Since 2018, the IRS procurement office has used AI to review solicitations and contract documents with its Contract Clause Review Tool, which identifies missing, outdated, or incorrect provisions and clauses. Clause reviews went from taking six hours when performed by contracting staff to six minutes with the bot.

The IRS DATA Act Bot combines AI, NLP, optical character recognition, and RPA to read and modify contracts and related documents. Its name was derived from the 2014 Digital Accountability and Transparency (DATA) Act. The IRS created it to clean up Federal Procurement Data System data. Since then, it has been used to add telecommunications security language to 1,466 IRS contracts, and review and correct coding in COVID 19-related transactions at less than a quarter of a second per fix.

In 2017, the Health and Human Services Department (HHS) began prototyping Accelerate, which combined blockchain, AI, RPA and ML to apply a neural network to “analyze contracts and to show discrepancies in prices paid for the same goods across the department. A proof of concept using 18 months of FY 2016-2017 HHS spend data showed the differences in prices paid by HHS organizations for each good or service bought.

The test discovered more than 200 contracts with VMware with significant price variation across the department. HHS entered discussions with VMware and won a consolidated contract to achieve significant cost avoidance.

Accelerate was designed to enable HHS contracting professionals to employ category management to make purchases as a single enterprise, leveraging the full HHS demand to reduce prices. Using the program, HHS combined all its contracting data in a single database structured by governmentwide spending categories.

“Natural language processing (NLP), an AI tool, was used to assess all of the contract language and data in order for the team to ‘teach’ the tool how to restructure the data into logical ‘drill down’ from general categories to specific products/services and their pricing,” according to a 2018 report on the BUYSMARTER initiative of which Accelerate was a part.

Additionally, combining and analyzing contract data centrally allowed HHS to analyze contractor performance departmentwide and alert contract managers to violations of contract terms and conditions. Accelerate included use of a chatbot to answer contracting staff questions.

Accelerate machine learning combined with linear regression allowed HHS to look at past performance to predict which contract types might encounter problems. The program offered recommendations for changing policy or personnel to avoid the issues.

Natural Language Limits

Despite the many AI and ML advances, limitations persist. One of the main ones is the inability to fully understand natural language. AI and ML are not yet able to process natural language in the same way that a human can. This can render NLP and other AI/ML capabilities incapable of effectively interpreting and responding to natural language.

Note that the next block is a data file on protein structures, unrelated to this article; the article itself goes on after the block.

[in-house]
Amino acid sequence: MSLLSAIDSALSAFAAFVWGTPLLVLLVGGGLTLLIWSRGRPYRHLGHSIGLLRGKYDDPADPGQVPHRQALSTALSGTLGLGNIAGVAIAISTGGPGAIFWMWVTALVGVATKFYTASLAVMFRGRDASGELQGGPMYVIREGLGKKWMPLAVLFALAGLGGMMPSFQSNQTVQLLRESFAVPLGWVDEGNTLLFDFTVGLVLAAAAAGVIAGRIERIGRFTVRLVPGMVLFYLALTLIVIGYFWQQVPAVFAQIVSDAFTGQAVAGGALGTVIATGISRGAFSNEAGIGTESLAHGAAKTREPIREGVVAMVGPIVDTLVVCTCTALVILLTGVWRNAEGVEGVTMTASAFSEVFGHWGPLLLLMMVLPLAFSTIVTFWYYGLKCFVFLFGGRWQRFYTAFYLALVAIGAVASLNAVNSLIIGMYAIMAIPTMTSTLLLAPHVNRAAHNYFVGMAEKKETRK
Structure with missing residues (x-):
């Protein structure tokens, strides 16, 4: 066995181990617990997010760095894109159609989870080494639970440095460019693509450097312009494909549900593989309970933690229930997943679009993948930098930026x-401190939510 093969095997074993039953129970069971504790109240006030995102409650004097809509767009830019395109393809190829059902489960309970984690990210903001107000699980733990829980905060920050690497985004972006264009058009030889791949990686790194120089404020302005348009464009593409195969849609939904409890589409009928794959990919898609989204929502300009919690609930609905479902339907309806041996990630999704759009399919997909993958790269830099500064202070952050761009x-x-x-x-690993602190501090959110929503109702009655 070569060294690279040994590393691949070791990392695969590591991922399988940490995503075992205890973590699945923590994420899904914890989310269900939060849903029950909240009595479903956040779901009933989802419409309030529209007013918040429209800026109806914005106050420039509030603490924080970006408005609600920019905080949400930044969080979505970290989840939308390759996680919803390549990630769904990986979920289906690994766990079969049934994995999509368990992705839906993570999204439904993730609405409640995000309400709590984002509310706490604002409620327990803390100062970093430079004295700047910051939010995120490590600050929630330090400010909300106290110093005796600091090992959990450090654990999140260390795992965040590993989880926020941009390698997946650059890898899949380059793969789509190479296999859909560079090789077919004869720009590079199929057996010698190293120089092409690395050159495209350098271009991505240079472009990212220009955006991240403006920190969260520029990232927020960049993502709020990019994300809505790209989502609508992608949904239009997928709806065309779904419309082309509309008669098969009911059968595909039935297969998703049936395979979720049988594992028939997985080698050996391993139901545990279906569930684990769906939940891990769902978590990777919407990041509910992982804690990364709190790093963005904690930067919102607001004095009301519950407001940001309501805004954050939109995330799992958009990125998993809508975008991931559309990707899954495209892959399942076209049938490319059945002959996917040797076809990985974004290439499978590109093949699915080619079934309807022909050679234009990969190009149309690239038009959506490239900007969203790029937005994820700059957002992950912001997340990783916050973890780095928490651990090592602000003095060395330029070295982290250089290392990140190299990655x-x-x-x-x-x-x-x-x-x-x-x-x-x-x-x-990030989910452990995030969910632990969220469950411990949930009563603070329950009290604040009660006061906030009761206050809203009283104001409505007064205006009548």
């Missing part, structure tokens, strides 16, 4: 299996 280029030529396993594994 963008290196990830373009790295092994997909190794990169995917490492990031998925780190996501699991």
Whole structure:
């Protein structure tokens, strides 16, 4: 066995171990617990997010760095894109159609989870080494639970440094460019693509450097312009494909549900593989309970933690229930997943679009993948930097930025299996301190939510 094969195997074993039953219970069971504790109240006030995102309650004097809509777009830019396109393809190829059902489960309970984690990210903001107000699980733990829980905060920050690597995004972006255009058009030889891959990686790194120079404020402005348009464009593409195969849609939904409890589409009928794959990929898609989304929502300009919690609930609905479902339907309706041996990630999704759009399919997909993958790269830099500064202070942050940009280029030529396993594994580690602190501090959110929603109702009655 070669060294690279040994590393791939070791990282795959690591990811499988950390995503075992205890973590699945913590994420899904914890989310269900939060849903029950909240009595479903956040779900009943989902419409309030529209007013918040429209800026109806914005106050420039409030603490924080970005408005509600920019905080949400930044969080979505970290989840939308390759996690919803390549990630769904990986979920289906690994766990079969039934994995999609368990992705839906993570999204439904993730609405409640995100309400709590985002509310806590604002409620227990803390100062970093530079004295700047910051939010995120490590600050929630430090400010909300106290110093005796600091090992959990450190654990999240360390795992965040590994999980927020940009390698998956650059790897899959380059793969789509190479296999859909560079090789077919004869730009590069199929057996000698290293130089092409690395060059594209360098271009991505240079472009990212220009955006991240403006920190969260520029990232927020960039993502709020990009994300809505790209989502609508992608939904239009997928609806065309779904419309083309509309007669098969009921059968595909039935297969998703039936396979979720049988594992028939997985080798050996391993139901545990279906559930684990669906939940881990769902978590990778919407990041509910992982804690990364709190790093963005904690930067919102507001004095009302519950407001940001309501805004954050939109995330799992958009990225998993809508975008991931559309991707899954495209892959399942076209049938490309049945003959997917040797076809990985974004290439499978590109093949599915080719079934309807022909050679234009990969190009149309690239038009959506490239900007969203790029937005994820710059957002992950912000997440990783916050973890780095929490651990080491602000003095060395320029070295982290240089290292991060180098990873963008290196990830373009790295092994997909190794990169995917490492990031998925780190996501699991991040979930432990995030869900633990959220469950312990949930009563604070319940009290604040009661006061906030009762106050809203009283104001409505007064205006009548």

NLP and other AI/ML capabilities also struggle to understand context. They lack the ability to interpret and understand the complexities of human communication, so they are not able to accurately interpret and respond to nuances. AI and ML are not yet able to accurately predict human behavior. They can process large amounts of data and information, but they cannot yet forecast how humans will interact with it – for example, how humans will use a product or service or whether a marketing campaign will succeed. Finally, AI is only as good as the data put into it, and procurement and contracting data, still largely input by human hands, remains notoriously incomplete and messy.

Using AI to Change Contracting Itself

Despite their limitations, AI and ML hold the promise of significantly streamlining government contracting by identifying and prioritizing contracts, analyzing bids and contract language, and speeding up the review process. AI and ML also can be used to identify and mitigate potential risks, such as fraud or waste, during the review process.

Using AI to analyze large amounts of contract data, such as historical information, pricing and performance data, and contract terms and conditions, can identify areas for improvement improving the process itself, as HHS Accelerate and the IRS AI programs demonstrate.

HHS Accelerate shows how AI and ML can be used to better manage and monitor contracts to ensure they are being executed in accordance with agreed-upon terms and conditions. Accelerate then generates recommendations that can be used to improve contract performance and draft better future contracts.

An AI Editor Looking Over Your Shoulder

The Defense Department’s Chief Digital and Artificial Intelligence Office (CDAO) is working together with Trenchant Analytics LLC to build a contract writing system powered by AI that will aid humans in rapidly writing user requirements, calls to industry, solicitations, and other transaction agreements.

The goal is to greatly accelerate the government contracting process. The CDAO is responsible for adoption of data, analytics, and AI to generate DoD decision advantage. It works to ensure the department’s technology is effective, secure, and efficient, and to develop digital and AI capabilities.